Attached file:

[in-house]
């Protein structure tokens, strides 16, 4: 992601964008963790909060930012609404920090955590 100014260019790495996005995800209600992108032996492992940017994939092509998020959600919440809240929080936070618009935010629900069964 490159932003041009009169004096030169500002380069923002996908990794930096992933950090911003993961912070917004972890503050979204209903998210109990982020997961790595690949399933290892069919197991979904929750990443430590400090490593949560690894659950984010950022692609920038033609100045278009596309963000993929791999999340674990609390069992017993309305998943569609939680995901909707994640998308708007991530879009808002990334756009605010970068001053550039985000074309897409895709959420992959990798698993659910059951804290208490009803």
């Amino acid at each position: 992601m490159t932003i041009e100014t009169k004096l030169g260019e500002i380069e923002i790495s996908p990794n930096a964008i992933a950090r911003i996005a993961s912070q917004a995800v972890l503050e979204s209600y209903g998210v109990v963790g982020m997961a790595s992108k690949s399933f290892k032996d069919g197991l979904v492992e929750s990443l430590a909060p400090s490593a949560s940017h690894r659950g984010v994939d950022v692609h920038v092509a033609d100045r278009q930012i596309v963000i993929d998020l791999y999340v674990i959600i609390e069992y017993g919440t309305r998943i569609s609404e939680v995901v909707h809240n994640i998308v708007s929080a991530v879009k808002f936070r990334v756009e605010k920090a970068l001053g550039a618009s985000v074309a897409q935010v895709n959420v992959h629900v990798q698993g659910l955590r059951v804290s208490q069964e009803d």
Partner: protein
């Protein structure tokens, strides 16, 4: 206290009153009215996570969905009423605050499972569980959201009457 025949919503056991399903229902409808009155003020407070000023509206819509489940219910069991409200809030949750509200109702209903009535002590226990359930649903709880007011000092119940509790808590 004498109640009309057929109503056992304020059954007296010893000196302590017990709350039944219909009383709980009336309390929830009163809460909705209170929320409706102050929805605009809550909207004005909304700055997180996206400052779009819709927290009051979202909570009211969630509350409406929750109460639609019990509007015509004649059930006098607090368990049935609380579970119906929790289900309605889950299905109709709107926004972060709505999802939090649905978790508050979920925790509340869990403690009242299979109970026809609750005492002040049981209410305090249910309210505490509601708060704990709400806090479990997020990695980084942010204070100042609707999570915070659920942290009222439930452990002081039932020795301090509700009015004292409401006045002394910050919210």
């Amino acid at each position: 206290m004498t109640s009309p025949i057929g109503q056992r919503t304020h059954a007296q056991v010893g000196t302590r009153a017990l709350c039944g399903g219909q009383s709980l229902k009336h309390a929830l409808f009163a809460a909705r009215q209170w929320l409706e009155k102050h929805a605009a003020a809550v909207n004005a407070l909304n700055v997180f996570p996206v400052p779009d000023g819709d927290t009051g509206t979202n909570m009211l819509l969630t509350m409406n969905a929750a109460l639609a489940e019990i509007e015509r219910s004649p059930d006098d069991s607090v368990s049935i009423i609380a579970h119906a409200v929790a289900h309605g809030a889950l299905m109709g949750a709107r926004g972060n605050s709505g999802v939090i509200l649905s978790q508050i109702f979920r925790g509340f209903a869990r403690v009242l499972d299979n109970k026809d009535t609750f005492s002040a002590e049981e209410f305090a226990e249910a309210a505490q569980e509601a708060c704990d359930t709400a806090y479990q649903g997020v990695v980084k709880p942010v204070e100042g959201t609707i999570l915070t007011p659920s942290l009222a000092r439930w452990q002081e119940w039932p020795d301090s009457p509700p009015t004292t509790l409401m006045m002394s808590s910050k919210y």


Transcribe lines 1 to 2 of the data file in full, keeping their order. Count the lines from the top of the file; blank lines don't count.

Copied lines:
[in-house]
């Protein structure tokens, strides 16, 4: 992601964008963790909060930012609404920090955590 100014260019790495996005995800209600992108032996492992940017994939092509998020959600919440809240929080936070618009935010629900069964 490159932003041009009169004096030169500002380069923002996908990794930096992933950090911003993961912070917004972890503050979204209903998210109990982020997961790595690949399933290892069919197991979904929750990443430590400090490593949560690894659950984010950022692609920038033609100045278009596309963000993929791999999340674990609390069992017993309305998943569609939680995901909707994640998308708007991530879009808002990334756009605010970068001053550039985000074309897409895709959420992959990798698993659910059951804290208490009803």